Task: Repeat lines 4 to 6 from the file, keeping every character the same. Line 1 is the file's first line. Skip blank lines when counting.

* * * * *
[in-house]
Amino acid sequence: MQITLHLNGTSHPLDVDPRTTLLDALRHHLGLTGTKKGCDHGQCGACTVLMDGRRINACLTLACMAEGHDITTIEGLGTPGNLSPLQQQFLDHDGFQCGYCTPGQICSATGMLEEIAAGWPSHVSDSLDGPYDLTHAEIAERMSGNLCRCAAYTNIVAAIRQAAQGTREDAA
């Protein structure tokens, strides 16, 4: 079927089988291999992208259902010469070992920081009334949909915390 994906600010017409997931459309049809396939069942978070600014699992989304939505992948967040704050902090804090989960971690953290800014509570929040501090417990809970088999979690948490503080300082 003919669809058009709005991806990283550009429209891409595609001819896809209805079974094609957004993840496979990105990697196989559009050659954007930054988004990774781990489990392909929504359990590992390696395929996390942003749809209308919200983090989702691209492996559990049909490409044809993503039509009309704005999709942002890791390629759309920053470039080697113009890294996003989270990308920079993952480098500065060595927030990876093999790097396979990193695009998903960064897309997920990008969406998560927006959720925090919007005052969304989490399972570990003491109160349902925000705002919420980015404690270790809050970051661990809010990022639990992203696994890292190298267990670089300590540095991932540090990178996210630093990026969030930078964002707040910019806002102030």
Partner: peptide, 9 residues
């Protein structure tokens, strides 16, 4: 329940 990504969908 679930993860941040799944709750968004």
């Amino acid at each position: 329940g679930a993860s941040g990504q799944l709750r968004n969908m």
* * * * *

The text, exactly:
Partner: peptide, 9 residues
């Protein structure tokens, strides 16, 4: 329940 990504969908 679930993860941040799944709750968004």
């Amino acid at each position: 329940g679930a993860s941040g990504q799944l709750r968004n969908m």